Not too long ago, Rob Liefeld broke the news on social media that he no longer owns the rights to Youngblood, the popular comic book series he launched when helping to found Image Comics. In his statement, he said the rights to his characters had been transferred to someone he would not work with, and he would no longer be associated with the comic book series he created.
Explaining the situation further, Liefeld detailed how he had transferred the rights to a third-party in the late ’90s, and this person had now transferred the rights to someone else. Even though he worked well with the previous rights-holder over the intervening years, Liefeld called the initial deal in the ’90s a bad deal.
Liefeld’s calling it a bad deal started me thinking about the nature of deals and transactions. Oftentimes, the ultimate outcome of a deal might not be known for years. The initial deal might seem fair, and each party might be satisfied for a while. However, over time one party’s opinion of the deal might sour and, eventually, said party will regret the transaction.
As a distant observer, it’s easy to look back on a transaction and criticize what should have been done. Oftentimes, however, deals are a series of compromises and emotional decisions, and the end result can be less than ideal. In order to get a deal done, sometimes you have to agree to or give up something you might not want to. Sometimes, the deal might not turn bad until years later due to something that was negotiated in to or negotiated out of the contract. Ultimately, it comes down to who has the negotiating power, and how eager the parties are to make a deal happen.
What could Liefeld have done differently in negotiating this deal? Not knowing the particulars, we can only speculate. Assuming the rights were assigned, which is not entirely clear from Liefeld’s post, one option would have been to license the rights instead. If the rights had been licensed, then Liefeld could have included a prohibition against further transfers or assignments and retained some control.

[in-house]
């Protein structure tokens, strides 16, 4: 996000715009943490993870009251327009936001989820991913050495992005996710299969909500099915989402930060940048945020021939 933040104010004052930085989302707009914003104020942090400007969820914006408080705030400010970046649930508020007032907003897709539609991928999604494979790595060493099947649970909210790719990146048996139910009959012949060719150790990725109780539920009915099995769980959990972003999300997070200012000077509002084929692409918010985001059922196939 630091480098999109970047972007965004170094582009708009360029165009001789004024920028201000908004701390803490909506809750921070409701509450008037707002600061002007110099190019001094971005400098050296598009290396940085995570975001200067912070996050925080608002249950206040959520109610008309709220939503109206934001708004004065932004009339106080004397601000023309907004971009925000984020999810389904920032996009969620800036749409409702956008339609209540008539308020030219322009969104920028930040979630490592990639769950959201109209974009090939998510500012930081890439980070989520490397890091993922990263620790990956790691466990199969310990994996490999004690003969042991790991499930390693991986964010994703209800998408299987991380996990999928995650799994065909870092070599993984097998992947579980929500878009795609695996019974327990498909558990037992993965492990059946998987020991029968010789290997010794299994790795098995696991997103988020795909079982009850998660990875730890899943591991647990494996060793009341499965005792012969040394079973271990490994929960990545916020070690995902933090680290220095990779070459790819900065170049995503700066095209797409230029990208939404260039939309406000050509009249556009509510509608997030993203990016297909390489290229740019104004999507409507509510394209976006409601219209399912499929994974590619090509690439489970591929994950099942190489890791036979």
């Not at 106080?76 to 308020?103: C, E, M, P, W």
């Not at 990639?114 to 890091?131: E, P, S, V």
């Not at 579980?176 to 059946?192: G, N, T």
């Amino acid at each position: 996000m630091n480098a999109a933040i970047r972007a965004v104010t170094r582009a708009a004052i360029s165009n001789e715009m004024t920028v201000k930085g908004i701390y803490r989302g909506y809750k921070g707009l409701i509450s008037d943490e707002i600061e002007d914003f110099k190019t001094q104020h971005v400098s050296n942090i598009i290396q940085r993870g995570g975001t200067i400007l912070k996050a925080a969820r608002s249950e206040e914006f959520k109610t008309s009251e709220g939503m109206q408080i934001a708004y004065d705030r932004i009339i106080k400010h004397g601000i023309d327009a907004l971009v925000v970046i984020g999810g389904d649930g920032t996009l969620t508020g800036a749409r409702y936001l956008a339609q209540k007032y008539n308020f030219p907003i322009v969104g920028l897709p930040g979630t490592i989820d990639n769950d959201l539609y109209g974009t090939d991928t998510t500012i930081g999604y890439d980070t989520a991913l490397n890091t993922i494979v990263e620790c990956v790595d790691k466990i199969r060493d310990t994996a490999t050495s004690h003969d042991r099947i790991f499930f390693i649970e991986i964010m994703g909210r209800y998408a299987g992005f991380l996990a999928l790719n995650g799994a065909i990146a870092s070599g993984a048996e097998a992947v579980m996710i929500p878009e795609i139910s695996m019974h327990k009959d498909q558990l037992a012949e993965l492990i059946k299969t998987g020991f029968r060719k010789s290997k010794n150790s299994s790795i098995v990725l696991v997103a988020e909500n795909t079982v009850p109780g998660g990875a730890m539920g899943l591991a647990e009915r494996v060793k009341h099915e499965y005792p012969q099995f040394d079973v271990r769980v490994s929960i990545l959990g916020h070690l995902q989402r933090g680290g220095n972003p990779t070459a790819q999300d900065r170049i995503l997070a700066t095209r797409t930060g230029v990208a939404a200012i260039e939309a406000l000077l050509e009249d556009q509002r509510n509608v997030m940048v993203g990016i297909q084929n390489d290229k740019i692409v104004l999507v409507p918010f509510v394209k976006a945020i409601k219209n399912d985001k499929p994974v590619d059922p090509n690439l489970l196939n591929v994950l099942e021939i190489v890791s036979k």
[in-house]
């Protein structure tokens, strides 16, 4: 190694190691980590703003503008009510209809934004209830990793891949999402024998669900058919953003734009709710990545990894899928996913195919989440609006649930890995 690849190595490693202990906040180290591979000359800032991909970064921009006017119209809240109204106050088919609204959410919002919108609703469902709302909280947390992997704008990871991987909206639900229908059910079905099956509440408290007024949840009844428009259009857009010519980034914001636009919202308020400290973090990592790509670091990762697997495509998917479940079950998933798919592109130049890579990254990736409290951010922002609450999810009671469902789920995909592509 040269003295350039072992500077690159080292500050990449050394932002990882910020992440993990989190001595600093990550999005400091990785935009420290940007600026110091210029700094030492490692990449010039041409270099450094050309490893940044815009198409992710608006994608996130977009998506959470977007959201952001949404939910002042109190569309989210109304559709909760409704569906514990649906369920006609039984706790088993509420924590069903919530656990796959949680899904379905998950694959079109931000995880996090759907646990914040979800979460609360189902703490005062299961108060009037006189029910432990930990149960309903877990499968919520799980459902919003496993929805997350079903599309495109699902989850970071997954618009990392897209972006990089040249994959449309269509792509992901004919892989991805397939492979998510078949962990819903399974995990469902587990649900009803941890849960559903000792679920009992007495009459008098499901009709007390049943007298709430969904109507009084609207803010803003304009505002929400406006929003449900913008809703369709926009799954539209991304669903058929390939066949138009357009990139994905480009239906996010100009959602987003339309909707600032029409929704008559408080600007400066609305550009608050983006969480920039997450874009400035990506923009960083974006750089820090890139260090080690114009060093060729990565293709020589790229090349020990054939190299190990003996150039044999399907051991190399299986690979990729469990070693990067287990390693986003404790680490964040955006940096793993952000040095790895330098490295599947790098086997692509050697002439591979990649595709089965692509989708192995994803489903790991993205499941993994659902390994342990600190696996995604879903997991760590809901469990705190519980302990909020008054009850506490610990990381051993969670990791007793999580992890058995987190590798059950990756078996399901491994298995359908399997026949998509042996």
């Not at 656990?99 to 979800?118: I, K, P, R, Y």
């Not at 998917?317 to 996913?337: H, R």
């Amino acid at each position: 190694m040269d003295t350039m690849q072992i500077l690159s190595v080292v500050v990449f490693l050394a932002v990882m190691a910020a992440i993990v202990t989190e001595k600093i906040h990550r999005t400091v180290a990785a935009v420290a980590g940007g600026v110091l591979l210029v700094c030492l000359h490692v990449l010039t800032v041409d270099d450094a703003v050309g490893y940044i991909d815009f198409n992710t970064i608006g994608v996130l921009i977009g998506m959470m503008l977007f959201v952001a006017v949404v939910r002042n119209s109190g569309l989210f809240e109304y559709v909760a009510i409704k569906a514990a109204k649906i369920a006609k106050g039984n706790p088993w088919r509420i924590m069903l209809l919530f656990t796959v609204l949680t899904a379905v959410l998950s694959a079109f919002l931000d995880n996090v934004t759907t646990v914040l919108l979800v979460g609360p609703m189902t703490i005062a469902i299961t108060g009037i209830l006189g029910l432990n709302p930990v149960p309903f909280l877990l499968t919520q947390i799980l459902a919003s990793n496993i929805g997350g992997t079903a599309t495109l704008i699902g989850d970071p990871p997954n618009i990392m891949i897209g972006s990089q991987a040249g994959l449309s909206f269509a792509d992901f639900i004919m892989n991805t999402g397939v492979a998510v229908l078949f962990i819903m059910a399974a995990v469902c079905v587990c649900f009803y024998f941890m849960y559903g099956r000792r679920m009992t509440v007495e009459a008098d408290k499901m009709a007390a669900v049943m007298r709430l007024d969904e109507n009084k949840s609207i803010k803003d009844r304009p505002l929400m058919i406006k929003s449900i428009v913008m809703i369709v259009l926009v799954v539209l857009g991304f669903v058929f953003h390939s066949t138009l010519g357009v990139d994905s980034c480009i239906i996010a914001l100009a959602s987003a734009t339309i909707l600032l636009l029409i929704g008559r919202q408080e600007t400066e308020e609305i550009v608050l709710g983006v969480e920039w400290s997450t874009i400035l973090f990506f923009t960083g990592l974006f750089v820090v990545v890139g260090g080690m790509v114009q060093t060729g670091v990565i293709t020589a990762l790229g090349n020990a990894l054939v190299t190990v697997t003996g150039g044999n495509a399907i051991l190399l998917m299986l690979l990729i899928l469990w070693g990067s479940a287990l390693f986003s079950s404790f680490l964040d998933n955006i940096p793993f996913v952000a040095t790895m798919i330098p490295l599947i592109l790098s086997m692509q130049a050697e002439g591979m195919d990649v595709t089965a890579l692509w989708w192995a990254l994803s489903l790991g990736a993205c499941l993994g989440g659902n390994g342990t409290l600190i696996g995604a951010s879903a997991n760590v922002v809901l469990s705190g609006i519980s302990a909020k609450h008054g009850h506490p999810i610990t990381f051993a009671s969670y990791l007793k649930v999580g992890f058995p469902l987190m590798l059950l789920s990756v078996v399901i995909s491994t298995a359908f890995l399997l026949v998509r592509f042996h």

Even though the rights appear to have been assigned without restriction, there are two other options that could have been included. As with a license, the deal could have included a statement prohibiting transfer without Liefeld’s consent. Depending on the nature of the transaction, this might have been difficult to include. If someone is paying good money to acquire rights to something valuable, they do not want their rights to be impaired in any way.
Another possible option would have been to include a right of first refusal. By including a right of first refusal, Liefeld could have matched any future offers for the right to Youngblood. Again, this might not have been possible depending on the negotiations, but it is slightly more palatable to buyers than an outright restriction, even though it might lessen the value of the rights being acquired.
So, how do you avoid a bad deal? The only sure way to avoid a bad deal is not make a deal in the first place. Otherwise, you should try to understand the deal you are making and all of the likely outcomes.
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